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The US, Iran, Disney and diplomacy
The negotiations that resume in Geneva this week between Iran and an American-led group of mostly Western nations represent another important opportunity to find that elusive middle ground between the concerns of both sides where they can reach agreement on a series of issues, including but not exclusively Iran’s development of nuclear technology.
I happened to be in Orlando and Tampa, Florida, for lectures and a few days of vacation this week on the eve of the talks. Orlando is best known for Disney World, and Tampa is the headquarters of the U.S. Central Command that manages all military operations in the Middle East and Central Asia, including the two ongoing conflicts in Iraq and Afghanistan.
Between central Florida’s frantic days of college football playoff selections and the always healthy tourism industry that sees around 50 million visitors a year, it is hard to garner any enthusiasm here or anywhere else in the United States for another active war in the Middle East against Iran. This is evident partly in the prevalent, rather quiet, manner in which the U.S. seems resigned to leaving Iraq and Afghanistan to a large extent in coming years, and partly in the intriguing words of U.S. Secretary of State Hillary Clinton this week at a regional meeting in Bahrain that was also attended by Iranian Foreign Minister Manouchehr Mottaki.
Addressing Mottaki directly, Clinton said she was “pleased to have this opportunity for your government and mine to gather here with representatives from other nations to discuss problems of mutual interest and concern”.
She said she hoped Iran would come to the Geneva talks “as we will, in good faith and prepared to engage constructively on [the] nuclear programme”, adding that Iran has the right to a peaceful nuclear programme and urging it to make the choice “to restore the confidence of the international community and live up to your obligations as a peaceful nuclear power”.
She said the United States’ firm commitment to engage constructively with Iran was coupled with an “iron-clad commitment to defending global security”, and ended with the thought that “the world in turn would benefit from the full participation of the Iranian nation in the political social, and economic life of the region”.
This is intriguing stuff because it seems to signal some subtle adjustments in the American rhetoric on Iran - not surprising, given that sensible and practical Americans are always willing to discard or adjust failed practices.
Clinton did well to mention Iran’s right to peaceful nuclear power and that Iran and the U.S.-led side must discuss “a range of issues” - acknowledging Iran’s insistence that its world and concerns include issues other than spinning centrifuges.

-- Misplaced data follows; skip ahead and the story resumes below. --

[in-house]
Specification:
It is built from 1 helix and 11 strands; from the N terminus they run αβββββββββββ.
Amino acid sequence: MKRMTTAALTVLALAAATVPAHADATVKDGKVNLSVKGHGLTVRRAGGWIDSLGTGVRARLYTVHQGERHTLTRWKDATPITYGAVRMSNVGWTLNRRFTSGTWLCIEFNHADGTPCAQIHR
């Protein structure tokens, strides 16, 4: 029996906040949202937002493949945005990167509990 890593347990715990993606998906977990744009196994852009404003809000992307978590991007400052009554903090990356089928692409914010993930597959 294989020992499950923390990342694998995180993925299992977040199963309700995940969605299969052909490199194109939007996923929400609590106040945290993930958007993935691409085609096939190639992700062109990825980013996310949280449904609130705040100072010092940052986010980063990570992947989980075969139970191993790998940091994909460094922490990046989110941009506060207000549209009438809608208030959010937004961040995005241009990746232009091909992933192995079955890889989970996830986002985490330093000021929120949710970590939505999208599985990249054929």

This is an important sign of a potential positive frame for these talks, which will only succeed if both sides feel their key concerns are addressed with equal weight.
It’s mostly downhill from there in Clinton’s comments, however. Her exhortation for Iran to live up to obligations on peaceful use of nuclear technology was not very credible, coming from the only country in the world that has used nuclear weapons to kill hundreds of thousands of people in Japan in the most gruesome way possible.
Her one-way admonition on “restoring confidence” is not convincing, given that Iran and many others in the region are deeply dubious of American sincerity in this process, in view of several instances in recent years when the United States had a chance to break through to an agreement, but backed down for some reason.
Her coupling Washington’s will to engage with Iran with an “iron-clad commitment to defending global security” was about as self-destructive as diplomacy can get. Iranians will not take this process sincerely if they are a priori accused of threatening global security and judged guilty until proved innocent. No wonder, therefore, that another senior Iranian foreign policy official announced in Tehran this weekend that Iran has mastered more elements in the nuclear fuel cycle, including producing “yellow cake”. This is not diplomacy or culture, it is basic physics. Every action gets a reaction. Make a threat, get a threat.
Clinton’s suggestion that the world would benefit from “the full participation of the Iranian nation in the political, social and economic life of the region” made me feel that I was still in Disney World’s fantasy universe. Somebody should tell Clinton that Iran has participated deeply in the political, social and economic life of the Gulf, Middle East and Central and South Asian regions for approximately 3,000 years, and whisper to her that Iran has far deeper roots and shares stronger interests among Middle Eastern people and societies today than Donald Duck and Dennis Ross can ever imagine.
All in all, though, there is some positive movement in this dynamic, alongside the usual nonsense. Given the realities on both sides, this is probably as much as we can expect for the moment. Let’s hope that in the direct talks we get less nonsense and more sensible engagement from both sides.